Raul Castro has indicated he may consider improving ties with the US
The largest delegation from the US
Congress to visit Cuba since the 1959 revolution has arrived in Havana.
The 10 members of the bipartisan
group favour the easing of US sanctions on Cuba and are seeking dialogue.
Jeff Flake, a Republican congressman
heading the delegation, said he hoped to meet officials and launch a "new
era in US-Cuba relations".
It is not clear whether the team
will meet acting President Raul Castro, who has called for better ties with
President Fidel Castro, 80,
temporarily ceded power to his brother after having emergency intestinal
surgery in July.
The US broke official ties with Cuba
following Fidel Castro's rise to power in 1959 and has had an economic
embargo in place against the island since 1960.
The US delegation will spend three
days in Cuba, during which time members are due to meet several high-ranking
President Fidel Castro
last appeared on television in October
Made up of six Democrats and four
Republicans, the party is led by Mr Flake, a Republican from Arizona, and
William Delahunt, a Democrat from Massachusetts.
The BBC's Americas editor Emilio San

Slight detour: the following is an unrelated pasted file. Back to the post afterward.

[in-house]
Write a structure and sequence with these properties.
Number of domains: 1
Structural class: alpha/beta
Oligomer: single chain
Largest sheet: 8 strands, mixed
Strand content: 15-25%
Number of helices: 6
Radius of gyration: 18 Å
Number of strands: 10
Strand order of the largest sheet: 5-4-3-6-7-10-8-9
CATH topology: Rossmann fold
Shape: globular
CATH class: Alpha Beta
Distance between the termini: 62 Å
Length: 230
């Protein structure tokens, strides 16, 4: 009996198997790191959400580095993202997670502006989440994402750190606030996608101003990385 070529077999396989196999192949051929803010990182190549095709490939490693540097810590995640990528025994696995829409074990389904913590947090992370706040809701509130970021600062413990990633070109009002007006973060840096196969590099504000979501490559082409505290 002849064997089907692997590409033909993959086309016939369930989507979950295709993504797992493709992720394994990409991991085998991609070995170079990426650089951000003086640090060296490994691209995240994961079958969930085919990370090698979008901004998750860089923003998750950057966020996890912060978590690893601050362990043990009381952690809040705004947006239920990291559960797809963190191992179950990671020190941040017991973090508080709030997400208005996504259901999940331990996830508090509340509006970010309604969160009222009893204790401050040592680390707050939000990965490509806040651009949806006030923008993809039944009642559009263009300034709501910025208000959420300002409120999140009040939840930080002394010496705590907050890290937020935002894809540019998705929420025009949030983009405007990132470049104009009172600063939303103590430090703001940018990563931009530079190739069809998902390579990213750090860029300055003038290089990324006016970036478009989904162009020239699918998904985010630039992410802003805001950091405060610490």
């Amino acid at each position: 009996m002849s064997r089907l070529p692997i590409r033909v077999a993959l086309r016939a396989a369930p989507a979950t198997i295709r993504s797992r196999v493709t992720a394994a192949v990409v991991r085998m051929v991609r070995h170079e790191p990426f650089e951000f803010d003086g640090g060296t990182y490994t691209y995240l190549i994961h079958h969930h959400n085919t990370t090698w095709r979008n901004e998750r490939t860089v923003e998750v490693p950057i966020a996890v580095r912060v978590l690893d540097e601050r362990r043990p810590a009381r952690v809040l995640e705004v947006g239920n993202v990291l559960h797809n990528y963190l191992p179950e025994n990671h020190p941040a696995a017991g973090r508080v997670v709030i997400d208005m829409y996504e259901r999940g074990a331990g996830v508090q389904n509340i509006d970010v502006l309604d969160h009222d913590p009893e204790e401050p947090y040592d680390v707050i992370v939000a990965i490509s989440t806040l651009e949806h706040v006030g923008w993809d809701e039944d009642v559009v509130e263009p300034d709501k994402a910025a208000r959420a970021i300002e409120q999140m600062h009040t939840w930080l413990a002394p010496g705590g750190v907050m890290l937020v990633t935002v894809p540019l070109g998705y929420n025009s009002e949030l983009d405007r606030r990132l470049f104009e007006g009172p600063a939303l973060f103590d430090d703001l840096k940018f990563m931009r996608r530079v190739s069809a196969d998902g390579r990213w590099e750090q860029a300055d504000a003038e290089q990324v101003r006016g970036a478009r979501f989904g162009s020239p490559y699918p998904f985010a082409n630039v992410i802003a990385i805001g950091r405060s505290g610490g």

Pedro says the timing of the visit, coming as Cuba undergoes what could be
described as its most significant internal political transformation in
decades, is important.
However it remains unclear whether
the trip will be anything more than symbolic, our correspondent says.
The visit has been criticised by
some opponents of the Castro regime in the US, including Cuban exiles in
Miami, who say that economic interests should not be put before human rights
The Bush administration has also
shown no signs of embracing a thaw as long as Cuba's communist system
remains intact and political prisoners remain in jail, our correspondent
Acting leader Raul Castro has given
several indications that he may be open to a warming of relations.
A fortnight ago, he used an address
at a military parade held to mark his older brother's 80th birthday to
attack the US - but also to renew an offer to hold talks with Washington.
Fidel Castro did not appear at the
parade and has not been seen in public since 26 July.
His last appearance on Cuban TV,
looking frail and wearing pyjamas rather than his trademark military
fatigues, was in late October.
The top US intelligence official,
John Negroponte, has told the Washington Post newspaper that the president
is believed to be very ill and close to death.
"Everything we see indicates that it
will not be much longer... months, not years," he told the Post.